Also absent is Netflix, which has decided to skip this year’s fall film festival circuit altogether, depriving TIFF of such potential Oscar bait as Charlie Kaufman’s twisty thriller I’m Thinking of Ending Things, Ron Howard’s adaptation of the bestselling memoir Hillbilly Elegy, David Fincher’s Hollywood biopic Mank starring Gary Oldman, and George Clooney’s post-apocalyptic thriller The Midnight Sky. The strategic move on Netflix’s part is all the more harmful for TIFF in particular, given that the two organizations have formed a close partnership over the past few years, with Toronto carving out space for such acclaimed Netflix productions as Roma, Uncut Gems, and Dolemite Is My Name.
"It's obviously disappointing, as they have big titles coming up, but it gave us the opportunity to find other films, and look for a selection that will feel very fresh and modern in a way without being all the usual suspects," says Joana Vicente, TIFF's executive director and co-head, who adds that 46 per cent of this year's programming arrives courtesy of female filmmakers (up from 36 per cent the year before).
No matter the star wattage of films playing TIFF 2020, the look and feel of the 45th edition will be immeasurably different. International press, who visit Toronto in the thousands every September, turning the city into a mini-junket metropolis for a week, have been told by TIFF to stay home this year. (Press and industry screenings will be held only on a digital platform, while industry events will take place solely online.)
“This year’s programming was certainly the biggest challenge I’ve faced at TIFF, and that the festival has been through in its 45 years, which includes recessions and 9/11,” says Bailey. “But it was a challenge that the team stepped up to face. We were meeting every day remotely, and rethinking everything we do. None of it was easy.”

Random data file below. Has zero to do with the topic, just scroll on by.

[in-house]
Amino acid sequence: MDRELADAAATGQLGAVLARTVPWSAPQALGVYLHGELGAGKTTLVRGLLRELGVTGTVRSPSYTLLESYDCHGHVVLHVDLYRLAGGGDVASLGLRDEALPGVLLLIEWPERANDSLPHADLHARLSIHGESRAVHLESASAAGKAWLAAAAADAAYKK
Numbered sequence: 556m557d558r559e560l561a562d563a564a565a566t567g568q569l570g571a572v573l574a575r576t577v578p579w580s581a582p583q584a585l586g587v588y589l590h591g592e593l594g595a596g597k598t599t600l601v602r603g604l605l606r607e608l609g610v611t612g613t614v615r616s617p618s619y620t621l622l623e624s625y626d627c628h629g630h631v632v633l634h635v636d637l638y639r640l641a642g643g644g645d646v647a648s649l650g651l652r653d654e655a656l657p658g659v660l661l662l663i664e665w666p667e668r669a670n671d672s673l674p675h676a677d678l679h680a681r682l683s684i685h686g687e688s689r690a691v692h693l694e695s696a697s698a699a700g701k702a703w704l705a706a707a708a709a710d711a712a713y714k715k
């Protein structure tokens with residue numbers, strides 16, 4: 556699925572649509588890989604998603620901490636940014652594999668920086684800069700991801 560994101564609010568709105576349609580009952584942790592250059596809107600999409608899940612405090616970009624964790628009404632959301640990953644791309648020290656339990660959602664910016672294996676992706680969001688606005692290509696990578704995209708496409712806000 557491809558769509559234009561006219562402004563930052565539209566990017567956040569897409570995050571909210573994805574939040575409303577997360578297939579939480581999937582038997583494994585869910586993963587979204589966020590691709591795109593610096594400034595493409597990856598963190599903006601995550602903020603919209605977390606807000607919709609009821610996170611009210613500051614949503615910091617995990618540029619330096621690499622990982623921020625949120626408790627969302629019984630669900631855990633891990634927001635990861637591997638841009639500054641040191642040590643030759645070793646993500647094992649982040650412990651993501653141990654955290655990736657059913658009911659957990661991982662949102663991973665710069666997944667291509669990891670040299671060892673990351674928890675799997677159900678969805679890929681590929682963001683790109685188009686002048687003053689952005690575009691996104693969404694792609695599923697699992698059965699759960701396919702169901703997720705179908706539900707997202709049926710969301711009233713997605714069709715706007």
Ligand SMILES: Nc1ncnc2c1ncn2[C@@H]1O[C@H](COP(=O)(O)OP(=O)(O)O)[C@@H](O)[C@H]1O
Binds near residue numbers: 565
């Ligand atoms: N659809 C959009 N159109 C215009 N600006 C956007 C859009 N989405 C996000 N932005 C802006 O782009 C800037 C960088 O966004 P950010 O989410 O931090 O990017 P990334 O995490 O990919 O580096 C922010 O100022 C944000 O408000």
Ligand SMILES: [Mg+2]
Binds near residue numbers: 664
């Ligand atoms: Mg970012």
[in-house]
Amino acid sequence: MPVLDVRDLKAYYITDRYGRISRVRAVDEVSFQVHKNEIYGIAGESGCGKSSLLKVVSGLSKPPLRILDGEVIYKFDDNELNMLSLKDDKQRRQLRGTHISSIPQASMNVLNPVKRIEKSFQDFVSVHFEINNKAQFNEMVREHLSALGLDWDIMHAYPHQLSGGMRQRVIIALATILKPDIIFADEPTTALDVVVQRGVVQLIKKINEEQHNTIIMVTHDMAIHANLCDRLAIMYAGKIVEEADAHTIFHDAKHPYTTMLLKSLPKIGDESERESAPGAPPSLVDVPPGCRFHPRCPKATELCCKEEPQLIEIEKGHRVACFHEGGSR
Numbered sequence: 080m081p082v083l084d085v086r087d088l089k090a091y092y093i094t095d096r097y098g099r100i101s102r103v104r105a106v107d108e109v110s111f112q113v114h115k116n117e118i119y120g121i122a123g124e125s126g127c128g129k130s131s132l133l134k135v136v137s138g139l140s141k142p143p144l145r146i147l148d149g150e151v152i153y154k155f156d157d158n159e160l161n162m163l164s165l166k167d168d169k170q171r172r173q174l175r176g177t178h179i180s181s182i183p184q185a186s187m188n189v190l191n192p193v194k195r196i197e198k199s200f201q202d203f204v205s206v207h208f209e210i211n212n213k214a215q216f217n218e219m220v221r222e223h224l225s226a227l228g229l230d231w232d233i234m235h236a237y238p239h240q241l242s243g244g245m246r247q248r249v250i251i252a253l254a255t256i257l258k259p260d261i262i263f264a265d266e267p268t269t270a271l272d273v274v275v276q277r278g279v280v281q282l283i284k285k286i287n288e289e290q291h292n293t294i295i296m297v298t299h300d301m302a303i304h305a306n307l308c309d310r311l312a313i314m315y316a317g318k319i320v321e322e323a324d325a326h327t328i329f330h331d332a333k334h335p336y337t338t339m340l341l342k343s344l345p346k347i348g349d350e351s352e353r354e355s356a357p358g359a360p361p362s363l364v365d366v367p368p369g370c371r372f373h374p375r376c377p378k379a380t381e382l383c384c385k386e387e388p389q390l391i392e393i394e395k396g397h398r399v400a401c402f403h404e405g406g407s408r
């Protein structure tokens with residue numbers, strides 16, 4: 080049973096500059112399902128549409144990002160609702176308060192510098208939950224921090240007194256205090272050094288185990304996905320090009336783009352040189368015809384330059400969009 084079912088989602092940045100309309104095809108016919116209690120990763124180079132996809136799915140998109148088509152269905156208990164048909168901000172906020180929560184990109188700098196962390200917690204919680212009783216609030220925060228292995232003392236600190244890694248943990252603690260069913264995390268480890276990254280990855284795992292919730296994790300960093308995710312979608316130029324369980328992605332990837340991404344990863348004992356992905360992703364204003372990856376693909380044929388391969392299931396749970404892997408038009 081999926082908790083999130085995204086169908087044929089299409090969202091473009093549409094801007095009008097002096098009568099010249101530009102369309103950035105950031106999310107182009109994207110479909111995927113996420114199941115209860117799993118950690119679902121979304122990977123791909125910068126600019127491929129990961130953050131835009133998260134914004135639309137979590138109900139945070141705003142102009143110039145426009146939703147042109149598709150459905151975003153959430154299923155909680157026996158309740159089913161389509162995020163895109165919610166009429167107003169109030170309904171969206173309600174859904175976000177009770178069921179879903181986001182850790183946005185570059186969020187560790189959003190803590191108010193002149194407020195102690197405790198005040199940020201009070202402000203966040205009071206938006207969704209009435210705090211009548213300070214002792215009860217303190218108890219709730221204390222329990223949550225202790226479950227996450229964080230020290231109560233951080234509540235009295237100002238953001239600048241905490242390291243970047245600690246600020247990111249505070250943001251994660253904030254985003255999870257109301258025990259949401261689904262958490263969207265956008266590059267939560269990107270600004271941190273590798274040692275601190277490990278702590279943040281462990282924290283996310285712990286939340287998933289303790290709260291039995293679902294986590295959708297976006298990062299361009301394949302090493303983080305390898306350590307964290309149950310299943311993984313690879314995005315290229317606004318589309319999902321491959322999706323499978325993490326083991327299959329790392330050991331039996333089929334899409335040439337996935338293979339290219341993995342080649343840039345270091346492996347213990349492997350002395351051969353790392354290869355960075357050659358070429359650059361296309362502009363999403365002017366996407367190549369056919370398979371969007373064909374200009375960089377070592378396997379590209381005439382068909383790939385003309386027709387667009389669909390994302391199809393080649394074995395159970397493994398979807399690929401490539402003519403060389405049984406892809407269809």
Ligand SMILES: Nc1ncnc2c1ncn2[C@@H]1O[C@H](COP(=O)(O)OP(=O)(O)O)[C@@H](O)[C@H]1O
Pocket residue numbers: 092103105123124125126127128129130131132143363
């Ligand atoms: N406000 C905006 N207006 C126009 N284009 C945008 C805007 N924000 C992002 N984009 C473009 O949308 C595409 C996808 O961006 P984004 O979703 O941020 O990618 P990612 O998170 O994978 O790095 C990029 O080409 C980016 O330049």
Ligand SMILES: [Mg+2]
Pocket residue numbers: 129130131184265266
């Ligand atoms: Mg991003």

TIFF will also be keeping a careful eye on how the Venice Film Festival unfolds, with this year’s event running Sept. 2 to 12, making it the world’s first in-person arts festival since the COVID-19 pandemic began in March.
“I think that the surprising news is that we’re not just watching but we’re talking to Venice in a way that we never have before,” says Bailey. “We’re aware of what they have in store, and wish them well in rolling out their festival just before ours. All of us are doing something brand-new.”
Information regarding ticket prices, venues, and virtual-screening details will be announced in August.
Meanwhile, the TIFF Bell Lightbox, the organization’s five-theatre multiplex that screens films year-round, will not be back to business when Toronto enters Stage 3 of Ontario’s reopening plan this Friday. While some staff have resumed working in the downtown Toronto building, the Lightbox’s cinemas will stay shuttered “until closer to the festival,” according to Vicente.
The 45th edition of the Toronto International Film Festival runs Sept. 10-19 (tiff.net).